On December 1, the Reserve Bank of India (RBI) launched its first retail digital rupee, or e-R, trial. The Central Bank Digital Currency (CBDC), comparable to bitcoin in specific ways, will be available to retail consumers.
There has been a lot of talk about cryptocurrencies, CBDC, and digital currencies. A central bank’s digital currency is the digital equivalent of a country’s fiat currency. In contrast, cryptocurrency is also a digital currency, but it is an alternate means of payment with its encryption algorithms. A CBDC is essentially digital fiat, whereas cryptocurrencies are digital assets that operate on a decentralised network.
What is Digital Rupee?
The Reserve Bank of India has referred to the e-Rupee, as a digital token that stands in place of legal money, as an electronic rupee. It is the same as a fiat currency and may be exchanged one-to-one with the fiat currency.
In contrast to cryptocurrencies, the digital Rupee is issued in the same denominations as physical cash, including paper currency and coins.
Listed below are the three main reasons CBDC is gaining so much attention:
i. In response to the diminishing demand for paper currency, central banks are making efforts to promote the use of electronic currency as a solution to the problem (like Sweden).
ii. Countries or regions that use a substantial amount of physical currency and are interested in making the issuance process more efficient (like Denmark, Germany, Japan or even the US).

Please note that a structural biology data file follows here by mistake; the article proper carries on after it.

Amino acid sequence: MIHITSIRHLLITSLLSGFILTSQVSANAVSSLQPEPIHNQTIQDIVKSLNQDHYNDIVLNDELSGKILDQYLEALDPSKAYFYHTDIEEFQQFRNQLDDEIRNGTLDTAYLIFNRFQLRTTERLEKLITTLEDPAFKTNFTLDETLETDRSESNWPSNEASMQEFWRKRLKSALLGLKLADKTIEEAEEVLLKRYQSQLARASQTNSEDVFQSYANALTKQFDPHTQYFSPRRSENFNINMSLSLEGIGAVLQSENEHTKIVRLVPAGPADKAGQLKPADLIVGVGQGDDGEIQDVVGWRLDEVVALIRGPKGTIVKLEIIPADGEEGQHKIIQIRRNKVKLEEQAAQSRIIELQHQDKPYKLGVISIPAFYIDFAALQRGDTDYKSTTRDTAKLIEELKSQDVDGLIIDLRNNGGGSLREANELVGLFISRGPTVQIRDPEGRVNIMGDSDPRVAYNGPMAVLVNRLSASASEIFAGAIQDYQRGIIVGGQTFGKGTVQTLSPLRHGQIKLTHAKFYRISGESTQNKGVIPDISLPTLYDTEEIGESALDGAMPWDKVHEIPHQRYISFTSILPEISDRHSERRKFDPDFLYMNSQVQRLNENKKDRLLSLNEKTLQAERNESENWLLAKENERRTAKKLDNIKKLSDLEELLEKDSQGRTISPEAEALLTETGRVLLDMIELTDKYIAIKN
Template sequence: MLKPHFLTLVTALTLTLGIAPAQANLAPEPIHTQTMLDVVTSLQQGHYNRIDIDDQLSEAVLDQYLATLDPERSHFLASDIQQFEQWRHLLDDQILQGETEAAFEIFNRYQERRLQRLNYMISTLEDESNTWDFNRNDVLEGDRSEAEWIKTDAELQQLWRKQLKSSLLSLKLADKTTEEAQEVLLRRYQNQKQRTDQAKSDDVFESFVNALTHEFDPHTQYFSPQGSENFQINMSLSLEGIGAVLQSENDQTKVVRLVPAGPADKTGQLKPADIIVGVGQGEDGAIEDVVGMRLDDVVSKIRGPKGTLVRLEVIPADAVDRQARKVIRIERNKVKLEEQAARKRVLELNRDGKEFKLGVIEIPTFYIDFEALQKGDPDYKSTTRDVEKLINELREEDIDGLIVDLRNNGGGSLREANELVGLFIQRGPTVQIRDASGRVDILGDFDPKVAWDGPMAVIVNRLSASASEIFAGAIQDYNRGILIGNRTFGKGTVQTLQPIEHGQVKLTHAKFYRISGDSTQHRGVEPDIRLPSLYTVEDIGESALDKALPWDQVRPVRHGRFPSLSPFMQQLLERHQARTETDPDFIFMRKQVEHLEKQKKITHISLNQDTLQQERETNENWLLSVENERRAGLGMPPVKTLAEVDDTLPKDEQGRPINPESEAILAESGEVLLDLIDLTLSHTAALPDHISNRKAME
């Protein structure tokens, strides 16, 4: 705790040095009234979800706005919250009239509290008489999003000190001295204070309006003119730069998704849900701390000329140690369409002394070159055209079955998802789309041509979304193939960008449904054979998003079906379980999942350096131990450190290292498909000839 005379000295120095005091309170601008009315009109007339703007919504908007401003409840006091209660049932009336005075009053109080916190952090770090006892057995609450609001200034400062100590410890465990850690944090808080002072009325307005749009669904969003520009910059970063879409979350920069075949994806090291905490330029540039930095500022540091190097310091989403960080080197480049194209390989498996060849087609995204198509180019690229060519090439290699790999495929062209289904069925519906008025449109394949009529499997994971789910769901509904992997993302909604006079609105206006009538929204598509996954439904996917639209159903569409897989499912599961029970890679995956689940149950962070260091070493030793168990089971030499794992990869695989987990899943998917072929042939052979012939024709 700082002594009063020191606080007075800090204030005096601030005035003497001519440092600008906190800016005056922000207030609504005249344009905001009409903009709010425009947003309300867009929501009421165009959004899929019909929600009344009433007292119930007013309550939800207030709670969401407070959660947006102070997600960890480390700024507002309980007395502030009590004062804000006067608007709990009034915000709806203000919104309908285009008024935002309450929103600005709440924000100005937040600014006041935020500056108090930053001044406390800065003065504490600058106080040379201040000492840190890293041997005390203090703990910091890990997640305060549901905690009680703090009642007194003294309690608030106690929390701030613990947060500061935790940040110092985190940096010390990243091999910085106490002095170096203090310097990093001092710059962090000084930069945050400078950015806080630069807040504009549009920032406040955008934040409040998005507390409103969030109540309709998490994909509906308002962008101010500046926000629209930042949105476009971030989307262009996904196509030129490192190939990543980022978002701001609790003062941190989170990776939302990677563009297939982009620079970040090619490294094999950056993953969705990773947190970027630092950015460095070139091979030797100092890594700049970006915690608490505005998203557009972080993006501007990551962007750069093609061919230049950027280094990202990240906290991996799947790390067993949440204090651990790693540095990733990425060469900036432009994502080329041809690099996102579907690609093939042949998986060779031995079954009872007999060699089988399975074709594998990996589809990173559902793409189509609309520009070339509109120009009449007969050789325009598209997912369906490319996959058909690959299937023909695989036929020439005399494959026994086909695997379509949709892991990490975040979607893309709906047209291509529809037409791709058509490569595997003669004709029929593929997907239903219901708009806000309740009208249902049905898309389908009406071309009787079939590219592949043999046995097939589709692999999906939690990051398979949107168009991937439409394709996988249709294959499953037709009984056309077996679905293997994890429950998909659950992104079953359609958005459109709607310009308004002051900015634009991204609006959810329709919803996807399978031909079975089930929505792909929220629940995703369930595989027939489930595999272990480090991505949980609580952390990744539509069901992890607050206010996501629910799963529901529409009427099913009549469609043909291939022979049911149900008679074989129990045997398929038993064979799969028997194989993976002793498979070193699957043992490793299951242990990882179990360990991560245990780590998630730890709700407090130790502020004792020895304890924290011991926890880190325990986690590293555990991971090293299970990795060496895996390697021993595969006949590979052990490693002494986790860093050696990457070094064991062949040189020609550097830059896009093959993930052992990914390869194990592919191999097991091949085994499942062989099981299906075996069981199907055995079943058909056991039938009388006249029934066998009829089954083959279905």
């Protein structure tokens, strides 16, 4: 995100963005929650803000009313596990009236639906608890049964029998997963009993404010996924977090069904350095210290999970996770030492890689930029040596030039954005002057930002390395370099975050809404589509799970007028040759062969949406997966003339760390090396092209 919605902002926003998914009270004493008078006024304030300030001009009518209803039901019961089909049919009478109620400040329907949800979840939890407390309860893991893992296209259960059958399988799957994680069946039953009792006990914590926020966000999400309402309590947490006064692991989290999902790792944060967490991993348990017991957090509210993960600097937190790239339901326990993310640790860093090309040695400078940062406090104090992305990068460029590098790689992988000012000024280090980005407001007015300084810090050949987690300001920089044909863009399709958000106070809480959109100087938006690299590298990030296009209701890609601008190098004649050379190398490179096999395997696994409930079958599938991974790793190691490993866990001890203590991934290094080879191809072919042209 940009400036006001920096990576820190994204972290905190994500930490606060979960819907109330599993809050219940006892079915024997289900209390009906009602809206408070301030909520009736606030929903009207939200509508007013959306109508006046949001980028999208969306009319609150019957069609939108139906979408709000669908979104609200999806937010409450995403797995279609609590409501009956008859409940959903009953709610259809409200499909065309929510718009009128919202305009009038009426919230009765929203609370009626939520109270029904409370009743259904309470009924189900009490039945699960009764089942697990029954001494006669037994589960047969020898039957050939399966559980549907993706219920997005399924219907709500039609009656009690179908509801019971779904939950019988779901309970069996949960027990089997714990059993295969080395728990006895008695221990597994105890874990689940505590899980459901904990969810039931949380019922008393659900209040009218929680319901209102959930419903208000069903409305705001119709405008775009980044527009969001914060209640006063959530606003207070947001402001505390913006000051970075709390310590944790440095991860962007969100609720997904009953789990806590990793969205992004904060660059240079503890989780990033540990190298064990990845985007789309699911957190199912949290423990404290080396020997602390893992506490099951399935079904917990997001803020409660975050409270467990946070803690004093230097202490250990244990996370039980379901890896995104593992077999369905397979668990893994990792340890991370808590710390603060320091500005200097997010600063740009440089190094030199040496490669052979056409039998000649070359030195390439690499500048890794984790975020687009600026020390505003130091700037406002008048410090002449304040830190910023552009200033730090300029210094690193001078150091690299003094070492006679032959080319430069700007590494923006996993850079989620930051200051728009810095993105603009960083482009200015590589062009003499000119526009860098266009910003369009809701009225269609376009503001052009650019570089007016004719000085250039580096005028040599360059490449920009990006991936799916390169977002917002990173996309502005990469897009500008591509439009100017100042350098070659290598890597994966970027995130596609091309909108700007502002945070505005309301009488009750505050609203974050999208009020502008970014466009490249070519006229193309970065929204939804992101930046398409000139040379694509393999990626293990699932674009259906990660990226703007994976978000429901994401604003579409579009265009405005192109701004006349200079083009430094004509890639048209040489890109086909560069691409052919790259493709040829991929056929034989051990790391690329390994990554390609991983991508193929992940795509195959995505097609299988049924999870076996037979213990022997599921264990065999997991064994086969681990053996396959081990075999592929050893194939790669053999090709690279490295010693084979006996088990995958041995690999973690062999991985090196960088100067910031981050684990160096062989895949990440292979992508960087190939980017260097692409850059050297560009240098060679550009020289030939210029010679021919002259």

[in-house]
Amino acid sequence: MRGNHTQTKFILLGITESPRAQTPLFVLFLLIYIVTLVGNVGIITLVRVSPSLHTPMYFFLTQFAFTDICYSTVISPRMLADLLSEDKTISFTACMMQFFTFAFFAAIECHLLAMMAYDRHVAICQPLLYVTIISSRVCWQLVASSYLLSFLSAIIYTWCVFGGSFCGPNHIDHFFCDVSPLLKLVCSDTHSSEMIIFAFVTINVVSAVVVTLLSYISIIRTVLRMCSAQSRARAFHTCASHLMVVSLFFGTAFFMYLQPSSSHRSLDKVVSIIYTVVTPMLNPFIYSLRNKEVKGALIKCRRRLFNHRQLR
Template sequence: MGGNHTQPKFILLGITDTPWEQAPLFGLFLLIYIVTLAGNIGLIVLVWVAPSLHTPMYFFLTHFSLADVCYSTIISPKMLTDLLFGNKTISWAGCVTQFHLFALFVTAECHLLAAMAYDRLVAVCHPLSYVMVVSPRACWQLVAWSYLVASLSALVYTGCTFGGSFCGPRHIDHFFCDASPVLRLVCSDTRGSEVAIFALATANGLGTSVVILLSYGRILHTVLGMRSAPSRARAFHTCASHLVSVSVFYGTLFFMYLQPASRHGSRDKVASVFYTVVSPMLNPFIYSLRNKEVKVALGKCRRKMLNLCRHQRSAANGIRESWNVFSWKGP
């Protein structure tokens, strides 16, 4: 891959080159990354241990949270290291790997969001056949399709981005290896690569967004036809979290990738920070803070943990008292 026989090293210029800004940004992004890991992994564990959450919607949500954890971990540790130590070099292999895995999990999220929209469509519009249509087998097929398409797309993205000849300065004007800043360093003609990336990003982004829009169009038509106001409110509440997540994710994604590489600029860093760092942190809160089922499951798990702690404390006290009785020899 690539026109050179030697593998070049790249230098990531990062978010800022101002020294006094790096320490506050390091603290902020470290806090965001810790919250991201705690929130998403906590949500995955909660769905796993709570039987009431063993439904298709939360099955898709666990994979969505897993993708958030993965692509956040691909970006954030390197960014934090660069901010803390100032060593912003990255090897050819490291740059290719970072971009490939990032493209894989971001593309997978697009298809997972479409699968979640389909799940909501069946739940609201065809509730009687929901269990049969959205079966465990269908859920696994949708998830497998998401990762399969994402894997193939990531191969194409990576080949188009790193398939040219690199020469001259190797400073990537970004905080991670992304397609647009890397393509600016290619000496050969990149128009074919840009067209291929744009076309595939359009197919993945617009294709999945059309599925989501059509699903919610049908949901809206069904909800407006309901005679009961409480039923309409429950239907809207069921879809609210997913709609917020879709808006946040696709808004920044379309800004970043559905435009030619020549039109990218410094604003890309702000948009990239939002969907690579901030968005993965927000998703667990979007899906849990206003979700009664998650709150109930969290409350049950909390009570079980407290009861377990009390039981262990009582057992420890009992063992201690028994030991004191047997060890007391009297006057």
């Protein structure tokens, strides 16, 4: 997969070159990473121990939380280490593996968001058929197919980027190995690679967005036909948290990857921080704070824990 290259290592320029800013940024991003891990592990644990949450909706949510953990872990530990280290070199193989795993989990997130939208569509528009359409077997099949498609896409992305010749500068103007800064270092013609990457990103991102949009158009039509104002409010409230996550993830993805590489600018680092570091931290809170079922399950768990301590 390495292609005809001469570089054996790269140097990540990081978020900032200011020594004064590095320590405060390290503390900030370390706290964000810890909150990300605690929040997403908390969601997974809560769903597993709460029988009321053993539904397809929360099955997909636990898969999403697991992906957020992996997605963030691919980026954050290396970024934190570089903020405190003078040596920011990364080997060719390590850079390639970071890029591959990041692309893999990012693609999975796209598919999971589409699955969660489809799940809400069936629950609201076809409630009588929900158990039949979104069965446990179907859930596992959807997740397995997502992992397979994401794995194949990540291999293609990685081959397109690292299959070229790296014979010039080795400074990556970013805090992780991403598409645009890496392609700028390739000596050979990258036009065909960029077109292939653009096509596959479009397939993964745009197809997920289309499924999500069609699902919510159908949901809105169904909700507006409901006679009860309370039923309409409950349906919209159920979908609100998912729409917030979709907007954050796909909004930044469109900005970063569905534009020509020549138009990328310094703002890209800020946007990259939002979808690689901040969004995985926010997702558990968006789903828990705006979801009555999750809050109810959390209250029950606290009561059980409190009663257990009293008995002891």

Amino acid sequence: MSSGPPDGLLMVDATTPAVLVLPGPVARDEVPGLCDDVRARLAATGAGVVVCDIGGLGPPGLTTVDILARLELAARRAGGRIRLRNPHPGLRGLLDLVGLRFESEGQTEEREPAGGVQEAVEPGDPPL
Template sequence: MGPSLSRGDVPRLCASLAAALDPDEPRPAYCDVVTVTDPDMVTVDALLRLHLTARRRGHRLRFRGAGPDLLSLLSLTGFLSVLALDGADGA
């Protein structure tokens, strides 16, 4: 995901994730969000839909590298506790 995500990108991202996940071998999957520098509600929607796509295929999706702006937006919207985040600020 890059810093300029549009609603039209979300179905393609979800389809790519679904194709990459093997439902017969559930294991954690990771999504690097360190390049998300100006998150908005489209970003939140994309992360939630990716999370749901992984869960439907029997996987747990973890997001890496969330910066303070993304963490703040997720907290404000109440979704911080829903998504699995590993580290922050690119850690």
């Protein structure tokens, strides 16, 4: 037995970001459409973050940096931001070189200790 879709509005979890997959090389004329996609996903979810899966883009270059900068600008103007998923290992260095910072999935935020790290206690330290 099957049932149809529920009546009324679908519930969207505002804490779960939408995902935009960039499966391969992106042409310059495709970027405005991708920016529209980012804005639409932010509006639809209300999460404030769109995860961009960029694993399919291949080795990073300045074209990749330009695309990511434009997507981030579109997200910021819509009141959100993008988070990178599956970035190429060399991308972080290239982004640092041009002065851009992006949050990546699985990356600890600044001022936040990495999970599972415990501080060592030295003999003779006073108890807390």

iii. RBI’s goal is to meet the public’s demand for digital currencies, as seen in the growing use of private virtual currencies, and to protect themselves from the more negative effects that such currencies can have.
How will Digital Rupee work?
The digital rupee or e-R will be a digital token that will function as a legal tender. It will be issued in the same denominations as paper money and coins and distributed through intermediaries, in this case, banks.
According to the central bank, users can transact using e-R through a digital wallet issued by partner banks and kept on mobile phones and gadgets.
It is possible to conduct digital rupee transactions between person to person (P2P) person to merchants (P2M).
Customers can make payments to businesses by scanning QR codes displayed at merchant locations, precisely as they do for UPI payments. The e-R would have physical cash characteristics such as trust, safety, and settlement finality.In the same way that cash earns interest, this form of money can be converted into other forms of money, such as bank deposits.
The pilot will be launched in four cities, including Mumbai, New Delhi, Bengaluru, and Bhubaneswar, by four banks: State Bank of India, ICICI Bank, Yes Bank, and IDFC First Bank.
Four other banks will eventually join this pilot, including Bank of Baroda, Union Bank of India, HDFC Bank, and Kotak Mahindra Bank, which will expand to other cities like Ahmedabad, Shimla, Gangtok, Guwahati, Hyderabad, Indore, Kochi, Lucknow, Patna, and Hyderabad.
RBI’s Central Bank Digital Currency (CBDC) promises to make payments more affordable, secure, and convenient.
In addition to reducing the need for cash, the CBDC would provide a regulated alternative to cryptocurrencies on the market.